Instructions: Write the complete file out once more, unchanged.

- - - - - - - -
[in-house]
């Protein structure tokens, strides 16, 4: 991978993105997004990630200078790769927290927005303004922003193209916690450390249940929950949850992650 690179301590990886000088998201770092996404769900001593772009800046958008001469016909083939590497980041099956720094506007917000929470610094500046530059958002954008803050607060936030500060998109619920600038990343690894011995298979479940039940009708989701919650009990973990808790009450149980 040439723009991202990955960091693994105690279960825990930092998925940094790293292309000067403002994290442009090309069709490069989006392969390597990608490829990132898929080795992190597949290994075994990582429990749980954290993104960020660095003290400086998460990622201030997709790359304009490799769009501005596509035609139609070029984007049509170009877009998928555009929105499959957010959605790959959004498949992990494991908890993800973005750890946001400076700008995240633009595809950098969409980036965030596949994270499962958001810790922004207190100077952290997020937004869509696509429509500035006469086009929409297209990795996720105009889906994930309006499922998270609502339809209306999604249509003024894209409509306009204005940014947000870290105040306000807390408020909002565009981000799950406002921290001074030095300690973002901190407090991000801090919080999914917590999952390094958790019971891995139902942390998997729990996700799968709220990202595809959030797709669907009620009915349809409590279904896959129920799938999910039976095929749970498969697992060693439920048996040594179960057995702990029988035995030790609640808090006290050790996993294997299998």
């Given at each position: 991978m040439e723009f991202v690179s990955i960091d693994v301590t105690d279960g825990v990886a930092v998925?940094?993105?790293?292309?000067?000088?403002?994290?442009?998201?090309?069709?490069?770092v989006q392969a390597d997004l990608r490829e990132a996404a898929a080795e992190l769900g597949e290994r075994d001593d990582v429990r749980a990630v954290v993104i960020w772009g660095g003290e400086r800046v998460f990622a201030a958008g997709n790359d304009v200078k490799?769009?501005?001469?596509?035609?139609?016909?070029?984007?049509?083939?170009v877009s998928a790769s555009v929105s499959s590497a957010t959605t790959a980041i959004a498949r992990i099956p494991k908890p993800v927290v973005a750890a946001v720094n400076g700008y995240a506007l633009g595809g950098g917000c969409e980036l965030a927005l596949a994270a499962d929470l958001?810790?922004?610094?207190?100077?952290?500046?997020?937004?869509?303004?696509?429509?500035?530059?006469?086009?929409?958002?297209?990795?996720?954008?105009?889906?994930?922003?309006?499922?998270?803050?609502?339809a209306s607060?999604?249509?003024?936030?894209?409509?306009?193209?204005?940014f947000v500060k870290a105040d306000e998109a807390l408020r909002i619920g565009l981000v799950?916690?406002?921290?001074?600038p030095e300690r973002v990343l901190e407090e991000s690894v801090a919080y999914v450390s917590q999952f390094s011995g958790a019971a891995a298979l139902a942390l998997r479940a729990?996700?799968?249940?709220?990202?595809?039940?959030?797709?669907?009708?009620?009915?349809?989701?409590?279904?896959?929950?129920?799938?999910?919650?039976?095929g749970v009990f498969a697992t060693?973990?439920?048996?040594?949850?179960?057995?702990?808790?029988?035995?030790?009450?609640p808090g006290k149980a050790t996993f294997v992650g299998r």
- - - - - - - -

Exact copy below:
[in-house]
């Protein structure tokens, strides 16, 4: 991978993105997004990630200078790769927290927005303004922003193209916690450390249940929950949850992650 690179301590990886000088998201770092996404769900001593772009800046958008001469016909083939590497980041099956720094506007917000929470610094500046530059958002954008803050607060936030500060998109619920600038990343690894011995298979479940039940009708989701919650009990973990808790009450149980 040439723009991202990955960091693994105690279960825990930092998925940094790293292309000067403002994290442009090309069709490069989006392969390597990608490829990132898929080795992190597949290994075994990582429990749980954290993104960020660095003290400086998460990622201030997709790359304009490799769009501005596509035609139609070029984007049509170009877009998928555009929105499959957010959605790959959004498949992990494991908890993800973005750890946001400076700008995240633009595809950098969409980036965030596949994270499962958001810790922004207190100077952290997020937004869509696509429509500035006469086009929409297209990795996720105009889906994930309006499922998270609502339809209306999604249509003024894209409509306009204005940014947000870290105040306000807390408020909002565009981000799950406002921290001074030095300690973002901190407090991000801090919080999914917590999952390094958790019971891995139902942390998997729990996700799968709220990202595809959030797709669907009620009915349809409590279904896959129920799938999910039976095929749970498969697992060693439920048996040594179960057995702990029988035995030790609640808090006290050790996993294997299998």
């Given at each position: 991978m040439e723009f991202v690179s990955i960091d693994v301590t105690d279960g825990v990886a930092v998925?940094?993105?790293?292309?000067?000088?403002?994290?442009?998201?090309?069709?490069?770092v989006q392969a390597d997004l990608r490829e990132a996404a898929a080795e992190l769900g597949e290994r075994d001593d990582v429990r749980a990630v954290v993104i960020w772009g660095g003290e400086r800046v998460f990622a201030a958008g997709n790359d304009v200078k490799?769009?501005?001469?596509?035609?139609?016909?070029?984007?049509?083939?170009v877009s998928a790769s555009v929105s499959s590497a957010t959605t790959a980041i959004a498949r992990i099956p494991k908890p993800v927290v973005a750890a946001v720094n400076g700008y995240a506007l633009g595809g950098g917000c969409e980036l965030a927005l596949a994270a499962d929470l958001?810790?922004?610094?207190?100077?952290?500046?997020?937004?869509?303004?696509?429509?500035?530059?006469?086009?929409?958002?297209?990795?996720?954008?105009?889906?994930?922003?309006?499922?998270?803050?609502?339809a209306s607060?999604?249509?003024?936030?894209?409509?306009?193209?204005?940014f947000v500060k870290a105040d306000e998109a807390l408020r909002i619920g565009l981000v799950?916690?406002?921290?001074?600038p030095e300690r973002v990343l901190e407090e991000s690894v801090a919080y999914v450390s917590q999952f390094s011995g958790a019971a891995a298979l139902a942390l998997r479940a729990?996700?799968?249940?709220?990202?595809?039940?959030?797709?669907?009708?009620?009915?349809?989701?409590?279904?896959?929950?129920?799938?999910?919650?039976?095929g749970v009990f498969a697992t060693?973990?439920?048996?040594?949850?179960?057995?702990?808790?029988?035995?030790?009450?609640p808090g006290k149980a050790t996993f294997v992650g299998r």